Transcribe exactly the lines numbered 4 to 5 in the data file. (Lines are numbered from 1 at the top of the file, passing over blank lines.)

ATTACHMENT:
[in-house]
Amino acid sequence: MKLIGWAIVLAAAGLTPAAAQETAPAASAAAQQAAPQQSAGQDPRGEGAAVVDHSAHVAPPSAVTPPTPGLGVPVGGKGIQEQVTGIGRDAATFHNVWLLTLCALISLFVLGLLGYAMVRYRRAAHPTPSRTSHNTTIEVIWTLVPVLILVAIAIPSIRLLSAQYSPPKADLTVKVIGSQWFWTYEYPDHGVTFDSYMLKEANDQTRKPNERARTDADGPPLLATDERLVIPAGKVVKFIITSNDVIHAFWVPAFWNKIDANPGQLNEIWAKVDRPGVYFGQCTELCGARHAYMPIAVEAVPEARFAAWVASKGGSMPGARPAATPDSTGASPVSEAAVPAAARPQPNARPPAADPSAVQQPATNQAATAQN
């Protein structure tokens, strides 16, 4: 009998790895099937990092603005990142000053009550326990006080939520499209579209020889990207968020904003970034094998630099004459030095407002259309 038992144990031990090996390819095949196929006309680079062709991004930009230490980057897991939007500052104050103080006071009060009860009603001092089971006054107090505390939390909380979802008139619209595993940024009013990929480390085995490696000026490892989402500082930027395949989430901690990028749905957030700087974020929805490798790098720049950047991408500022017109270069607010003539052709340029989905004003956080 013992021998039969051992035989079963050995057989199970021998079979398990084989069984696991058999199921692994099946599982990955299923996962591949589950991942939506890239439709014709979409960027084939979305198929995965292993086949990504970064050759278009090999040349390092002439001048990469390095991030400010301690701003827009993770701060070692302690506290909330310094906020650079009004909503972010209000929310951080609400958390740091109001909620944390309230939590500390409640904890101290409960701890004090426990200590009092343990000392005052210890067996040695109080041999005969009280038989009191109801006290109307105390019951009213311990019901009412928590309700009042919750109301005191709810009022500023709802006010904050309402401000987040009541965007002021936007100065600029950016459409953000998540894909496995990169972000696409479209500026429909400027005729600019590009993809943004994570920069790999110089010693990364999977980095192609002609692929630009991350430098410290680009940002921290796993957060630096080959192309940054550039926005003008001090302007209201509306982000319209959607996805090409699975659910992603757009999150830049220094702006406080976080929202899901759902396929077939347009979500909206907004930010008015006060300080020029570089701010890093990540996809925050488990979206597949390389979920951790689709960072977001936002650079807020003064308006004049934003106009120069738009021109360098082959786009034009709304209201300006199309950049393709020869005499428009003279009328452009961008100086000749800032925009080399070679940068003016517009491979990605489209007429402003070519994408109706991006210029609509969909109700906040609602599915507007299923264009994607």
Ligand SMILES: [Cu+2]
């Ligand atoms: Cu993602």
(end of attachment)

Ligand SMILES: [Cu+2]
């Ligand atoms: Cu993602």